The Cubs entered Friday’s series opener with the visiting Arizona Diamondbacks winners of four straight, coming fresh off a three-game sweep of the White Sox, every game of which was lopsided in the North Siders’ advantage.
So the question now remains, how do the Cubs keep this going?
It’s very possible that the D-backs could halt the Cubs’ longest winning streak of the season -- their longest winning streak since they won four games Sept. 7-10 of last season -- within a few hours of first pitch on Friday. But before the game, the Cubs had their own ideas of riding the wave that saw them engineer three consecutive thumpings against the Sox.
“Just taking the same game plan and attitude and intensity into every game as we did the last three,” said starting pitcher Travis Wood, who banged a grand slam in Thursday’s Crosstown finale. “Nobody’s going to stay as hot as we are, scoring eight or nine runs a game, but hopefully we can just keep scoring runs and keeping our team in the ballgame, playing well on all cylinders.”
The Cubs outscored the Sox 24-6 over their rain-shortened three-game set, getting great hitting, great pitching and great everything in between. Wood said that intensity played a big role in the Crosstown Cup games, as the Cubs fed off the fans and the rivalry.
“With it being the rivalry game and the Crosstown series, I think that added a lot of intensity and we were able to get really up for the game. You want to do your best,” Wood said. “And also coming off the big come-from-behind win in Cincinnati leading into this, I think all that wrapped together got us kind of going, and hopefully we can stay right there.”
So now that a team whose jerseys don’t read “Chicago” is in the visitors dugout at the Friendly Confines, can the Cubs keep their intensity levels high? Is it harder to carry the intensity over than it is the results?
“I wouldn’t say so,” Wood said. “Winning’s always more fun than losing, and the way we’ve been playing lately, I think everybody got a taste of how good it feels and I think we’ll stay right there.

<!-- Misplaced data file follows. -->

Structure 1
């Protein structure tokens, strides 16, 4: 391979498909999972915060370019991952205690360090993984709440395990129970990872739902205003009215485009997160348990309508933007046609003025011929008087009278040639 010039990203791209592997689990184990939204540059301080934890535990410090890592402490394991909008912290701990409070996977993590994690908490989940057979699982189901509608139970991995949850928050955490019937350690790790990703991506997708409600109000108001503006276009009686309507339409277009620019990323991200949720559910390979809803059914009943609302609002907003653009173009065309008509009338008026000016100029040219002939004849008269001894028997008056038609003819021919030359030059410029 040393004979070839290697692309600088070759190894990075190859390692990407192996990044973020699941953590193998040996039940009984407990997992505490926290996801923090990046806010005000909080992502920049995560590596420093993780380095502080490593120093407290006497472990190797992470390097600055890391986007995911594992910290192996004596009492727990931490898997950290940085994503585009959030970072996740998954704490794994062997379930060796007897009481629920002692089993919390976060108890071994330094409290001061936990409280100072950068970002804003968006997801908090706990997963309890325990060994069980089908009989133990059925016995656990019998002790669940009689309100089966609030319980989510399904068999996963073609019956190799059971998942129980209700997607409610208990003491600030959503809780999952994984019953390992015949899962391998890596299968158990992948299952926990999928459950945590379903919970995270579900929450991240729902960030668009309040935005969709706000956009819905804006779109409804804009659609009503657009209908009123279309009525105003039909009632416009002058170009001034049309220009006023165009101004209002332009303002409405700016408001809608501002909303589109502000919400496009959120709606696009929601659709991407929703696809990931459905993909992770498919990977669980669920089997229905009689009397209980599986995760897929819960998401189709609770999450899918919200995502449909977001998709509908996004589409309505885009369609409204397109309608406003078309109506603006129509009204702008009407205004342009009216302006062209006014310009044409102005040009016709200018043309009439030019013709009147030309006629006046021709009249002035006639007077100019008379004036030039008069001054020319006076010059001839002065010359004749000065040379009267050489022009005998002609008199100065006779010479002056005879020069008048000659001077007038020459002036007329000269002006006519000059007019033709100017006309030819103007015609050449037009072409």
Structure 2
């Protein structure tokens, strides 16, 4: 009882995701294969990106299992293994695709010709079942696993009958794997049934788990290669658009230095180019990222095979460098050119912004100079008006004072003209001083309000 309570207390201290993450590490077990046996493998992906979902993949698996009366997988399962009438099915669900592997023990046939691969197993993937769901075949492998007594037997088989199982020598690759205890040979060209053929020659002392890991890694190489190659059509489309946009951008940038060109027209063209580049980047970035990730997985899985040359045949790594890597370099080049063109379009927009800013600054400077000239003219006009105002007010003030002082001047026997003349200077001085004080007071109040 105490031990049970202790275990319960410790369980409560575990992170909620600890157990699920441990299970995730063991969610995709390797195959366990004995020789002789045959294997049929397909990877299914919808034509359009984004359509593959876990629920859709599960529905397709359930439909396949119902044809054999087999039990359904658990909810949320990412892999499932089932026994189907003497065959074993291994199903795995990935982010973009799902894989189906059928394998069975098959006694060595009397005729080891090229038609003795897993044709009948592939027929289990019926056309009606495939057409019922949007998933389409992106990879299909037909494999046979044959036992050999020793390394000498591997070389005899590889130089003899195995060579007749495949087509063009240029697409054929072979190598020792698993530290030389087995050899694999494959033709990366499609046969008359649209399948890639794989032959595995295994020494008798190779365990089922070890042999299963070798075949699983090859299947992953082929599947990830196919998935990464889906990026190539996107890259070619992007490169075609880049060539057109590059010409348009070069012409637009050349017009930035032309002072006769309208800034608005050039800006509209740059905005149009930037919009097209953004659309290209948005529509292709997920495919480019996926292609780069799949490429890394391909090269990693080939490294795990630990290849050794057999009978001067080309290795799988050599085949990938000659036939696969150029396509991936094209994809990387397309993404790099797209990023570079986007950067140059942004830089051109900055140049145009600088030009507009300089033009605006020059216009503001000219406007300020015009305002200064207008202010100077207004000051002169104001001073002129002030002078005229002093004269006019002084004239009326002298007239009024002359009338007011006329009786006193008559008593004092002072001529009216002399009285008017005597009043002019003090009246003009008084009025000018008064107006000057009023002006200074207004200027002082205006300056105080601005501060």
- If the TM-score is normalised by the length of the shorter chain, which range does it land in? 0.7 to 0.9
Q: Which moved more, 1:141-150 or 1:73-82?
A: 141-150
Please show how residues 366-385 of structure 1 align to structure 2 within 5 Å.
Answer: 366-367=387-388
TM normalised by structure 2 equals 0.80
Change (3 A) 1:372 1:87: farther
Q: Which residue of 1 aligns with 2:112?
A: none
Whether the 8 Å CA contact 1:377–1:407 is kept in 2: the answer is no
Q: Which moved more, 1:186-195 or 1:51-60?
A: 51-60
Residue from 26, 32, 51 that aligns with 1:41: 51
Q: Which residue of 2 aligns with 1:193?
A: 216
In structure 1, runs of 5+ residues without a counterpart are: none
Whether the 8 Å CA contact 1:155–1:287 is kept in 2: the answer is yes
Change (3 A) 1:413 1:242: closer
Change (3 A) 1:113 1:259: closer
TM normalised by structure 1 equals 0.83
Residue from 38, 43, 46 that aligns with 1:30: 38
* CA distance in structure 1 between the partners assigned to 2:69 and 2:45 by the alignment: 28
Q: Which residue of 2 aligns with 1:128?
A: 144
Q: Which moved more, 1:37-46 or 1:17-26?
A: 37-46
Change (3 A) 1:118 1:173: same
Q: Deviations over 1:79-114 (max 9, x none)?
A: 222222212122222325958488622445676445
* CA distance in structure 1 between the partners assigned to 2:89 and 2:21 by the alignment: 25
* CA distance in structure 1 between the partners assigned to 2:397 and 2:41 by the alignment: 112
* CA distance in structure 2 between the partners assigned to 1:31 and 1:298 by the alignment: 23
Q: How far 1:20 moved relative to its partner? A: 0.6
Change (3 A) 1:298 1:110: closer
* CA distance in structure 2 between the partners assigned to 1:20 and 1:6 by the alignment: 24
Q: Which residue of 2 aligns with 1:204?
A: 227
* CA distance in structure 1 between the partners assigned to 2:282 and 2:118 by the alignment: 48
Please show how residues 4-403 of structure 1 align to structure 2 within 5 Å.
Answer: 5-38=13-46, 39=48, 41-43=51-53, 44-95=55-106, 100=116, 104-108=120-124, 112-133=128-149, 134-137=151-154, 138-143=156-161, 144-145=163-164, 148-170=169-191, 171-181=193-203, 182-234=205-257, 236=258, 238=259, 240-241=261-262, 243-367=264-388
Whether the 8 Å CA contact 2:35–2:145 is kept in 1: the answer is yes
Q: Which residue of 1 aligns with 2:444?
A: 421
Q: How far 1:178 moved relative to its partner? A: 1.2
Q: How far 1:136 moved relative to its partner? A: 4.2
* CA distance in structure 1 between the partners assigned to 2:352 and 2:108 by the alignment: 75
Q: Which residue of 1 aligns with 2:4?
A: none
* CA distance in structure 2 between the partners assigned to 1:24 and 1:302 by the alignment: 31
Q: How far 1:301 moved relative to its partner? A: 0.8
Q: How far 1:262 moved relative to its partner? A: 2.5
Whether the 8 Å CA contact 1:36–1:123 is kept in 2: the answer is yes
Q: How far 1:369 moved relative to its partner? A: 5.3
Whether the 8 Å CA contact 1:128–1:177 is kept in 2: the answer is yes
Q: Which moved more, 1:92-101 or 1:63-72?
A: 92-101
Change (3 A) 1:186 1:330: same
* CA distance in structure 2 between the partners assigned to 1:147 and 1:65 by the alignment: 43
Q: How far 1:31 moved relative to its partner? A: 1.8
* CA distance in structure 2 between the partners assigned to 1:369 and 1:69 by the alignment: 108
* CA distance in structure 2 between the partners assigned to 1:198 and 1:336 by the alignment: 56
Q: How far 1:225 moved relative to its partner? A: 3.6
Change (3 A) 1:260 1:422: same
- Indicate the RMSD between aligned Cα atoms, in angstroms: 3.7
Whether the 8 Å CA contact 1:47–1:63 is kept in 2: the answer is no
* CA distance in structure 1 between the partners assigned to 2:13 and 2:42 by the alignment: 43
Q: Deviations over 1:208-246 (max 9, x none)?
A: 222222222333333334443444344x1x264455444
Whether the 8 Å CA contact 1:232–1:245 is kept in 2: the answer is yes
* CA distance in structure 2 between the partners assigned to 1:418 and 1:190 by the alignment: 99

“You’ve got to take every game as if it’s your last, so play as hard as you can every play.”
It’s unknown whether or not this is the way the Cubs are supposed to look, a debate that’s fueled a bit of discussion in various Internet circles of late. The Cubs, who are eight games under .500 at 22-30 and rested 12 1/2 games out of first place when they arrived at the ballpark on Friday, have a positive run differential. They’ve actually outscored their opponents 214-208 this season, a figure that is rare for a team with their record.
Manager Dale Sveum agreed, that is quite unusual.
“We’ve been in pretty much every single game of the year,” Sveum said. “It’s a very odd record for the run differential, that’s for sure. At one point, we were 11 or 12 games under .500, and it was still really, really good. Now we’re winning four in a row, it comes back to Earth a little bit. It’s a very strange run differential for being under .500.
“Early on, we gave so many games away that it was tough to recover from that. The bullpen problems, obviously we played some pretty shady defense the first month of the season. That’s gotten better. We’ve shored up the bullpen, guys have been doing a pretty good job in the bullpen, so you start winning more games that way instead of giving them away.”
The Cubs’ winning streak of four games is hardly enough to change a season outlook, but what started in Cincinnati -- the game that Sveum says is more responsible for the current run than Jeff Samardzija’s dazzling performance on the South Side or anything else against the Sox -- could snowball. Starting pitcher Scott Feldman said that runs can turn a season around in a hurry.
“Hopefully,” Feldman said. “If we get hot and roll off eight out of 10, do that a couple times, we’ll be right back in the mix. Hopefully we can keep playing well.”